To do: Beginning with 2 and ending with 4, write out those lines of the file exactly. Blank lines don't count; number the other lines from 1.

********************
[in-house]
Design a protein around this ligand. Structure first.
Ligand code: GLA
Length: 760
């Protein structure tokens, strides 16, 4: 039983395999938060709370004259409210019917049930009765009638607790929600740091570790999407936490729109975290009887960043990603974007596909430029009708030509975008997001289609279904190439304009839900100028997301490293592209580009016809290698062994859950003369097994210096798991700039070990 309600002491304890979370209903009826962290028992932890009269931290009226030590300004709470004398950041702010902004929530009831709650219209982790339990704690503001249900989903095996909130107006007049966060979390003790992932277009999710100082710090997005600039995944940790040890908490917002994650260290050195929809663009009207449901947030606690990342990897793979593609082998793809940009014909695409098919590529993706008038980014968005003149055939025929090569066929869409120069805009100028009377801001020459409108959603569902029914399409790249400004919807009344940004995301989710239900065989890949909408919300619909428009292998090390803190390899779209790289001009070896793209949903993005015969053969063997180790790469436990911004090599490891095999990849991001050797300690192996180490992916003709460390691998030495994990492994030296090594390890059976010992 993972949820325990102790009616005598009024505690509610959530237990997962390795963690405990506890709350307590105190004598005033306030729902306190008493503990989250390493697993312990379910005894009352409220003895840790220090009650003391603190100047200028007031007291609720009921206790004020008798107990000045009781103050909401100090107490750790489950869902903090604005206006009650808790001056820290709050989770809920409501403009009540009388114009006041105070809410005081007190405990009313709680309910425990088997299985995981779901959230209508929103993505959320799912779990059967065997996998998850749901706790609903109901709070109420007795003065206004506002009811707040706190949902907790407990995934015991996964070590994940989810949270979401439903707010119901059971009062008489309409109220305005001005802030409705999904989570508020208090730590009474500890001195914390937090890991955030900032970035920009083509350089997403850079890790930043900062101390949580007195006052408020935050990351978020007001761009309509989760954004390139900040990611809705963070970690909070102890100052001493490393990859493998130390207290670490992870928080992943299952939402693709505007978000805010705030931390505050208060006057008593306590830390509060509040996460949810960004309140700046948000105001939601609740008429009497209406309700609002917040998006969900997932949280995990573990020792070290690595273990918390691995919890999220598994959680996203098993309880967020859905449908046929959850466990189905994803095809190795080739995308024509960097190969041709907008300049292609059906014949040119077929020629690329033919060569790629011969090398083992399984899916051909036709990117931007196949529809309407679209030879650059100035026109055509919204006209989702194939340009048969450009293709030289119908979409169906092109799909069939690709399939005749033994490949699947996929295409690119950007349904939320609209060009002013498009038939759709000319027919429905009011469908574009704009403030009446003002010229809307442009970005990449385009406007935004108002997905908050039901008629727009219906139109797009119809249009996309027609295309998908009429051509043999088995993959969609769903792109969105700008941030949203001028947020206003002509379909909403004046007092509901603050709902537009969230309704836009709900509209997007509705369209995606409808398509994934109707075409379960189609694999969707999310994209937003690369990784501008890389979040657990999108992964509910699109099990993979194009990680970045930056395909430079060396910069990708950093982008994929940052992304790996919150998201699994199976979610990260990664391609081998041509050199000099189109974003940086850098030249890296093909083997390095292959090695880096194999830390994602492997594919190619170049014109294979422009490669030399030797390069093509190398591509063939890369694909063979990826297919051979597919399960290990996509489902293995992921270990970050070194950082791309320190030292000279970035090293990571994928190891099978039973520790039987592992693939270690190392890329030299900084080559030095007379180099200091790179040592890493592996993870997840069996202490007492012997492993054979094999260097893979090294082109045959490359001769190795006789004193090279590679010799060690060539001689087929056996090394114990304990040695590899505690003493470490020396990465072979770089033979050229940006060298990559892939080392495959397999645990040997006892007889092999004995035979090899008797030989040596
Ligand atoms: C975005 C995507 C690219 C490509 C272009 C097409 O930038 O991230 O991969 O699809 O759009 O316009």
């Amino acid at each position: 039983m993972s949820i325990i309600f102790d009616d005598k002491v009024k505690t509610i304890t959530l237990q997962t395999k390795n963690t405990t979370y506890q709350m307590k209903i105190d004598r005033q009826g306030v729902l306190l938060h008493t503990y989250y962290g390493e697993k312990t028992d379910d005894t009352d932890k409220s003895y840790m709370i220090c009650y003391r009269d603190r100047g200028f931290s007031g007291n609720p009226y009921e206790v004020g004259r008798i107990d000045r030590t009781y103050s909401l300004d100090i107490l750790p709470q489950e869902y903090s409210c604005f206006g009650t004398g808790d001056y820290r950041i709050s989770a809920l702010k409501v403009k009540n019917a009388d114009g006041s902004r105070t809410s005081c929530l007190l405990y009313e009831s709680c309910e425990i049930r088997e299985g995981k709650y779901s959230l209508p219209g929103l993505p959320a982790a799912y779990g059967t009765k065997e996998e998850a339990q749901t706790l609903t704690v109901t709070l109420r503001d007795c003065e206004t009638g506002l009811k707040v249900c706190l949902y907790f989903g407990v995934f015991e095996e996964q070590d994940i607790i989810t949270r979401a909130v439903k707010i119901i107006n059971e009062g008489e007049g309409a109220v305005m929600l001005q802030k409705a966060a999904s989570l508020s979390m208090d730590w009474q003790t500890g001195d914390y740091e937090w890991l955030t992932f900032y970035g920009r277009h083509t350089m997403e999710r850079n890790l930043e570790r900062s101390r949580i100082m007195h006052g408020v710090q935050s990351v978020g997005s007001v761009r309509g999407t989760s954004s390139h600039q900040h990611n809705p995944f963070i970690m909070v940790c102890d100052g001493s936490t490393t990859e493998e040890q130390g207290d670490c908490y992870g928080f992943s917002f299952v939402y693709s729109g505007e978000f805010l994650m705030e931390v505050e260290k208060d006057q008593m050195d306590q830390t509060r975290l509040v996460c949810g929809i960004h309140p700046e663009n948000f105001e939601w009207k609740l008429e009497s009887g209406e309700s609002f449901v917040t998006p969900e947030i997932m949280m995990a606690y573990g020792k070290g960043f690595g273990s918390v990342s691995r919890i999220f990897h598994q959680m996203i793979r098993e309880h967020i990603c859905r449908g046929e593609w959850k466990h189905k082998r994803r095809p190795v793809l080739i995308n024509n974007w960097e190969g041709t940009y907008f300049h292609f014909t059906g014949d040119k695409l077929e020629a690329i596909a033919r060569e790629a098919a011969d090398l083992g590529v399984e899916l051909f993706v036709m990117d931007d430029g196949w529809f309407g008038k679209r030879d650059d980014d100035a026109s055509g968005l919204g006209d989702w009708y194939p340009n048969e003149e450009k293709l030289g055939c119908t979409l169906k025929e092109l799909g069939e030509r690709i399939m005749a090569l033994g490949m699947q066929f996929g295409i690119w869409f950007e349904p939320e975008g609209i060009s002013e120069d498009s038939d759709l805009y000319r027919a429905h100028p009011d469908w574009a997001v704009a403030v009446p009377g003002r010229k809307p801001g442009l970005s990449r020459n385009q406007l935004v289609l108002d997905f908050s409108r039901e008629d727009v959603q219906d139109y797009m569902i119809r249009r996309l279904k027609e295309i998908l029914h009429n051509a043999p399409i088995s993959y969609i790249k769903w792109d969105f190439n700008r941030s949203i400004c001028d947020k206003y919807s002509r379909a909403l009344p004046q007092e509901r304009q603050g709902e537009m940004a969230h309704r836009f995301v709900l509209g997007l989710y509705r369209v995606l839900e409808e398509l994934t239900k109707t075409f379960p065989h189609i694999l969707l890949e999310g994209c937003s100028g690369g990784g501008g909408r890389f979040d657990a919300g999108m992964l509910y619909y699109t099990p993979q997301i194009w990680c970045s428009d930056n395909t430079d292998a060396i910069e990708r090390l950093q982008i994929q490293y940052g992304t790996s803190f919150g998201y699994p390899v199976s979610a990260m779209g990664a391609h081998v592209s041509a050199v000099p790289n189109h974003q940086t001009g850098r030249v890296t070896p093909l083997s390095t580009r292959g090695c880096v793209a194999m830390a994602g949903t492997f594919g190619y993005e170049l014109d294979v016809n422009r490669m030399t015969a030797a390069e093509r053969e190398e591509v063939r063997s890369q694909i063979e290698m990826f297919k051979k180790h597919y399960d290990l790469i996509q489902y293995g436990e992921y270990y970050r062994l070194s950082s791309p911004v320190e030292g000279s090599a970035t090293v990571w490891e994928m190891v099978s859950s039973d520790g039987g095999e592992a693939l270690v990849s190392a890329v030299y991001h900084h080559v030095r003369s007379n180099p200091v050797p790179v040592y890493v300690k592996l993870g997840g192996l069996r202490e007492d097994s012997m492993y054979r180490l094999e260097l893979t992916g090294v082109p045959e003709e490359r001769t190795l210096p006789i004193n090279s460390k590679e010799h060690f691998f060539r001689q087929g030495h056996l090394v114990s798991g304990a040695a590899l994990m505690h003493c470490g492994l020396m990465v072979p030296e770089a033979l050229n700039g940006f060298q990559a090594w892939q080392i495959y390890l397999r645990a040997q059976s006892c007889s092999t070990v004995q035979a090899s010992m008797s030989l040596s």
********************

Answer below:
Design a protein around this ligand. Structure first.
Ligand code: GLA
Length: 760